Terry Paulson
The upcoming election may become less about candidates and more about whether enough voters believe America faces a looming collapse that must be addressed now. Democrats minimize the threat of unfunded entitlements and our growing debt and promise to stay the course to "protect" those who depend on government support. Republicans, pointing to a looming crisis brought on by our unsustainable entitlement culture, the exploding deficit, and an anemic economic recovery, propose an austere budget and program changes that can easily be demagogued as severe and uncaring. One party campaigns on “caring enough to give you what you want" while the other campaigns on "caring enough to confront America’s unsustainable path." As a result, the 2012 election may be the most important choice Americans have faced in decades.

With apologies to Charles Dickens' beloved family classic, A Christmas Carol, what some voters need is a midnight visit by the ghosts of elections past, present and future to break through the denial that so many exhibit.

The Ghost of Elections Past might show voters how Roosevelt's New Deal, designed to combat the Great Depression, actually suppressed economic growth and prolonged the depression and high unemployment. He’d point to President Lyndon Johnson’s "Great Society." Designed to wage war against poverty, Johnson launched costly entitlements that expanded the reach and cost of government—expanded welfare, low-income housing, Head Start, and Medicare. Over the next thirty years, over 5 trillion dollars was spent on the “war on poverty,” but the number of Americans in poverty remained the same. Worse yet, more Americans were now dependent on expensive government programs, and responsible taxpayers were feeling the strain on their pocketbooks.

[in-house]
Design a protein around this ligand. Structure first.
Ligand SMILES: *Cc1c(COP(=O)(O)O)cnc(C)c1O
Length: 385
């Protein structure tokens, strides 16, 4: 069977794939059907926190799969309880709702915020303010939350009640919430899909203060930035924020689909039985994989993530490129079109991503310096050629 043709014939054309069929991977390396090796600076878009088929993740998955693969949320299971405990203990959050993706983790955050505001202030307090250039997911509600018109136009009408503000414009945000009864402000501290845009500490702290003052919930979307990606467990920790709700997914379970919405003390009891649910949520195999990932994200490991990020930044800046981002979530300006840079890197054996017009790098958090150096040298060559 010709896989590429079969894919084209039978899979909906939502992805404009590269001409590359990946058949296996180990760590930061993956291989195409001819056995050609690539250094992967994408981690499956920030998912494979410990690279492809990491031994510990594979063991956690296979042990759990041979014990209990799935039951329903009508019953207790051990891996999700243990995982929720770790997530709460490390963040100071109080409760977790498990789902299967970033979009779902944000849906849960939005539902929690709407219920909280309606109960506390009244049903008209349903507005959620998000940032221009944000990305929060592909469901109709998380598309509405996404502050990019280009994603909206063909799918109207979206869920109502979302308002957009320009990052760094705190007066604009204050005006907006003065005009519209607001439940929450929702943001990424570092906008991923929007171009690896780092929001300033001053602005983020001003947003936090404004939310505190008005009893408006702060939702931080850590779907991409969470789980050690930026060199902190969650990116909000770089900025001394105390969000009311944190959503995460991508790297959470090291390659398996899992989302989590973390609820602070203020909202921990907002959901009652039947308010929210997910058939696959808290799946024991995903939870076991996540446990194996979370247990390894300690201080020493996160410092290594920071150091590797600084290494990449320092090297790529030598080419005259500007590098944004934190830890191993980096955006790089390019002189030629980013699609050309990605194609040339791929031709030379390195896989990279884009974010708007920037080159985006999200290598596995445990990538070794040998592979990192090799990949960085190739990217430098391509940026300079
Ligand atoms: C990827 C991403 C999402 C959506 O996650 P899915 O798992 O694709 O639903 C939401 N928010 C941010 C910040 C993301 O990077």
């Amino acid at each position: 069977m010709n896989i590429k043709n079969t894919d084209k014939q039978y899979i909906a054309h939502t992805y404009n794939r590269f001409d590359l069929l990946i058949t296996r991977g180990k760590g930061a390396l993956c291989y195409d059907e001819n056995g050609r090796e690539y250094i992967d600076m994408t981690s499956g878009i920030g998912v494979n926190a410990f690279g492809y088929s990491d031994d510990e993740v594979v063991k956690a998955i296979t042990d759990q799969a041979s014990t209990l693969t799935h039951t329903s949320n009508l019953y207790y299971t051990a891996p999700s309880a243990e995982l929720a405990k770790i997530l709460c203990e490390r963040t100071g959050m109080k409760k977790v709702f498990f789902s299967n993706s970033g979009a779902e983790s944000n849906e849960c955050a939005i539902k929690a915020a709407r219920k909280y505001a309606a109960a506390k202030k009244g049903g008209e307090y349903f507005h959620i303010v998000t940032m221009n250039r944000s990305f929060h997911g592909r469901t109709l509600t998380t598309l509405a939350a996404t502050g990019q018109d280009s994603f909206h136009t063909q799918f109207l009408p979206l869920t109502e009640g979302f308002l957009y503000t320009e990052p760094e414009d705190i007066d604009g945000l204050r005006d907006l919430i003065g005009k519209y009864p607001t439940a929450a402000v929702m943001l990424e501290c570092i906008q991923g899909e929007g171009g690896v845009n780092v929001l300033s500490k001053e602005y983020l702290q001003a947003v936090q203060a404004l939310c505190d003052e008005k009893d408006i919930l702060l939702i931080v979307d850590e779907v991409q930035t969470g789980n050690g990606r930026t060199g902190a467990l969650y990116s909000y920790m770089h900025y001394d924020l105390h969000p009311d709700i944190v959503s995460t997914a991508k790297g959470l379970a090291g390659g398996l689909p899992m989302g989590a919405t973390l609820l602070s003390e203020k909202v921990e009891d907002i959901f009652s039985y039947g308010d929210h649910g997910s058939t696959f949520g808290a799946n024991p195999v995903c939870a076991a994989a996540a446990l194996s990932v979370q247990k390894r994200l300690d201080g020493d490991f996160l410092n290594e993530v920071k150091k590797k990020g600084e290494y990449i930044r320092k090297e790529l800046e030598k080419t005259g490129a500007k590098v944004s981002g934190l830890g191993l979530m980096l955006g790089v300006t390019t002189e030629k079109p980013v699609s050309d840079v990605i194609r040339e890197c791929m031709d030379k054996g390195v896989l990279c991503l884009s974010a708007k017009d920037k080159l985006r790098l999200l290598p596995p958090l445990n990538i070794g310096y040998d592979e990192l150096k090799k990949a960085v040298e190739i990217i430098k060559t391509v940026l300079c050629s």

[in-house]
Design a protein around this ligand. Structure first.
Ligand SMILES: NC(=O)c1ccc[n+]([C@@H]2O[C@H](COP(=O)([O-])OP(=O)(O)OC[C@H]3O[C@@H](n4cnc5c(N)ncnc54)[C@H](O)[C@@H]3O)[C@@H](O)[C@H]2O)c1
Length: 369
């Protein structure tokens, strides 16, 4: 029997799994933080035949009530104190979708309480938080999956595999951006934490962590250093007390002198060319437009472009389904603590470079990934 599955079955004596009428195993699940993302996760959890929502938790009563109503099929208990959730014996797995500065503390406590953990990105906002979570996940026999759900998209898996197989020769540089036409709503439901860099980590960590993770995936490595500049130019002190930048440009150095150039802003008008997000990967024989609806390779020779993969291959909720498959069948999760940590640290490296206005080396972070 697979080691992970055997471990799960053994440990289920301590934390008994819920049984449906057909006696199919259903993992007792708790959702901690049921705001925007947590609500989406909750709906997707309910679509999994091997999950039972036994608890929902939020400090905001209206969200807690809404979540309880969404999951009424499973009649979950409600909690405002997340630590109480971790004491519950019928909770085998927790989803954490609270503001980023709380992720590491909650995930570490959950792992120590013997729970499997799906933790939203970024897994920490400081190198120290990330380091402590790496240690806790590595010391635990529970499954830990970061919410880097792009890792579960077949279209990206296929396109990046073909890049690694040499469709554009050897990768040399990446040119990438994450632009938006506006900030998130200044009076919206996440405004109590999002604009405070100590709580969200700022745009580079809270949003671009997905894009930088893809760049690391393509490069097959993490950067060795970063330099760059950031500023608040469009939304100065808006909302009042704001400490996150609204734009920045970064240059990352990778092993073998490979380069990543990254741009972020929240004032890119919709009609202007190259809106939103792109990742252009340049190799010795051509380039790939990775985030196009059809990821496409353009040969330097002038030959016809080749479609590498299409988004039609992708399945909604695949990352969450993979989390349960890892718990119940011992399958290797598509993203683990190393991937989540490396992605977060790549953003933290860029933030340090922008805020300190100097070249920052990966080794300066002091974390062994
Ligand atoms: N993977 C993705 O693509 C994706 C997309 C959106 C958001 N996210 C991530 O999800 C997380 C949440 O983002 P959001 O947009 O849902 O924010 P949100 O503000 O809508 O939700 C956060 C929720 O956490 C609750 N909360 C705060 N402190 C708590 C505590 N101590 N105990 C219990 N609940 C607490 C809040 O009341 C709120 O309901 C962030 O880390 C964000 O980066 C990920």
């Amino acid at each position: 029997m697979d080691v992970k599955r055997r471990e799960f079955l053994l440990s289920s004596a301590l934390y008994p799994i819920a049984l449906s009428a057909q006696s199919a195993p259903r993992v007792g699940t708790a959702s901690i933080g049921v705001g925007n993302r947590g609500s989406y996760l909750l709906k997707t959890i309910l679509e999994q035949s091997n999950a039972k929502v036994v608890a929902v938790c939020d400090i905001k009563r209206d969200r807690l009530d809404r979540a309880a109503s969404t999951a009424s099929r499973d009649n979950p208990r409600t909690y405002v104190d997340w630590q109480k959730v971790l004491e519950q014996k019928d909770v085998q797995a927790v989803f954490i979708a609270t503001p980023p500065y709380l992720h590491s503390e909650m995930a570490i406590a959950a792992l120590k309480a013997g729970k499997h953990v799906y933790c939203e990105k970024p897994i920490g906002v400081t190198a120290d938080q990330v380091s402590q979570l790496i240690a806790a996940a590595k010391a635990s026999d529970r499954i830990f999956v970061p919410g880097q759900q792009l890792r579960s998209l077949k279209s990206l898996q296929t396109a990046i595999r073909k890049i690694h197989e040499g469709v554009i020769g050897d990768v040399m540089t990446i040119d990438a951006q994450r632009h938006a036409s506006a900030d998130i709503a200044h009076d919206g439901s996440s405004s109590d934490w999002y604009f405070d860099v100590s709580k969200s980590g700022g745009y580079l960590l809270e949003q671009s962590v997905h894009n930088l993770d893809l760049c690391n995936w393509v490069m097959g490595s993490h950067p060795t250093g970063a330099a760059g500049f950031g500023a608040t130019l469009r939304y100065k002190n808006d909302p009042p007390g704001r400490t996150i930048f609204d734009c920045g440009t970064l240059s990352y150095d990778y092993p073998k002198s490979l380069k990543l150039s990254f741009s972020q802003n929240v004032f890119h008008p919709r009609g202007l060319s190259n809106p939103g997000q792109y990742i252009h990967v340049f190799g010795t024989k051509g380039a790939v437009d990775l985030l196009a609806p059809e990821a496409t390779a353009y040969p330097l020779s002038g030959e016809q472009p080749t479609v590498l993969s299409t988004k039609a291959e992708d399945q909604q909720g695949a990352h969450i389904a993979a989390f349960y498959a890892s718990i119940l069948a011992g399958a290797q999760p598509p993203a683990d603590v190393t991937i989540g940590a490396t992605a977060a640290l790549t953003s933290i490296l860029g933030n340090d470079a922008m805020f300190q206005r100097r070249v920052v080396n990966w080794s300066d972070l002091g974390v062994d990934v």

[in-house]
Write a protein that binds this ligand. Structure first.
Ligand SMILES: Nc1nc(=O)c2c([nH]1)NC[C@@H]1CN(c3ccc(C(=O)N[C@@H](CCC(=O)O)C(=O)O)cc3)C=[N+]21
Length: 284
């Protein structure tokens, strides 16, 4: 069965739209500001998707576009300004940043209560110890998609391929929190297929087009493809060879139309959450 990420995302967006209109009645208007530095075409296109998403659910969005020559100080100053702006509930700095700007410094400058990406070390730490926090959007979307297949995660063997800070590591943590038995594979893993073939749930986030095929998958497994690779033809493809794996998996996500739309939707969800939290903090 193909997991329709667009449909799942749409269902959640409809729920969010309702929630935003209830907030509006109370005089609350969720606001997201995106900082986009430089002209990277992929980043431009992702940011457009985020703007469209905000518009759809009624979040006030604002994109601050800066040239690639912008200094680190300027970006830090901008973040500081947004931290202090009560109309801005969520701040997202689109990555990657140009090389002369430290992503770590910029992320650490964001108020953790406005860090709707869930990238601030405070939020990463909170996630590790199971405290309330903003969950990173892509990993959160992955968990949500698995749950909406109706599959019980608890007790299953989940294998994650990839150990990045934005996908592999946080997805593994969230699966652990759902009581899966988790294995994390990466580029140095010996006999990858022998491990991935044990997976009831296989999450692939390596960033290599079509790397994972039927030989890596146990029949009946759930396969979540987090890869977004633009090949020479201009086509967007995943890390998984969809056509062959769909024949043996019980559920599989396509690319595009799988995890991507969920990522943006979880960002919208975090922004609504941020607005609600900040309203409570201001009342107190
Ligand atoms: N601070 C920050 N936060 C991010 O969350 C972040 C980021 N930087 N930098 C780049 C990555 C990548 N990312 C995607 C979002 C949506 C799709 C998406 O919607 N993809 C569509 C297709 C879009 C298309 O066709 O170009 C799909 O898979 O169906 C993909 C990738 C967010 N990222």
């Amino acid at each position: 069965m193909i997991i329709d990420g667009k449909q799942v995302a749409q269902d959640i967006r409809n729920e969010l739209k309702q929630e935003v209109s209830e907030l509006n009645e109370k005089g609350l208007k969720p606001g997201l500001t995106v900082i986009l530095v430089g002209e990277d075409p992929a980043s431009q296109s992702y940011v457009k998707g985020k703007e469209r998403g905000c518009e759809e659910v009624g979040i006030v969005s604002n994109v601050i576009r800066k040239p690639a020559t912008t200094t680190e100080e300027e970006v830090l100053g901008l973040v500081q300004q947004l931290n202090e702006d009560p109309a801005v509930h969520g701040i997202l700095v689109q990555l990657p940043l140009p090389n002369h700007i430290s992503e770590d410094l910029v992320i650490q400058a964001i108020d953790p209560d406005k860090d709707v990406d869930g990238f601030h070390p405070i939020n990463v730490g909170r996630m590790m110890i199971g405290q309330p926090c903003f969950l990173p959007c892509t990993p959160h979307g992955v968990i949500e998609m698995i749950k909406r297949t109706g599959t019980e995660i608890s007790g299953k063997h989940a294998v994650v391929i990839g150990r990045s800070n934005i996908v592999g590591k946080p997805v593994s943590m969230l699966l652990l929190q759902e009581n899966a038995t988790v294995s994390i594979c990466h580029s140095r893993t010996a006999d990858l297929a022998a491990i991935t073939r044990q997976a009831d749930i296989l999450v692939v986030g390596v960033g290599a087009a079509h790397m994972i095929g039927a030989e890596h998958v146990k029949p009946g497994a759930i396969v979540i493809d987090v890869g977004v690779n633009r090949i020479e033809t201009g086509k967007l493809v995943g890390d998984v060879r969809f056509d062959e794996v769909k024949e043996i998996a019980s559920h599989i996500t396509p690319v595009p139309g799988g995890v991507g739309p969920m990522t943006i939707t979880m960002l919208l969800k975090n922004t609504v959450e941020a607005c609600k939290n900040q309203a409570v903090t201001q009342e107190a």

The ghost could note that when the Social Security Act of 1935 was being debated, it was estimated that Social Security payments would total $4 billion in 1980. In fact, government paid out a staggering $108 billion—off by a massive 2,600%. When Medicare was instituted in 1965, the House Ways and Means analysts predicted it would cost $12 billion in 1990; the actual cost topped $110 billion. They estimated that Medicare Part A would cost $9 billion in 1990—the actual cost $67 billion. Washington entitlements always cost more than projected!


Terry Paulson

Terry Paulson, PhD is a psychologist, award-winning professional speaker, author of The Optimism Advantage: 50 Simple Truths to Transform Your Attitudes and Actions into Results, and long-time columnist for the Ventura County Star.

 
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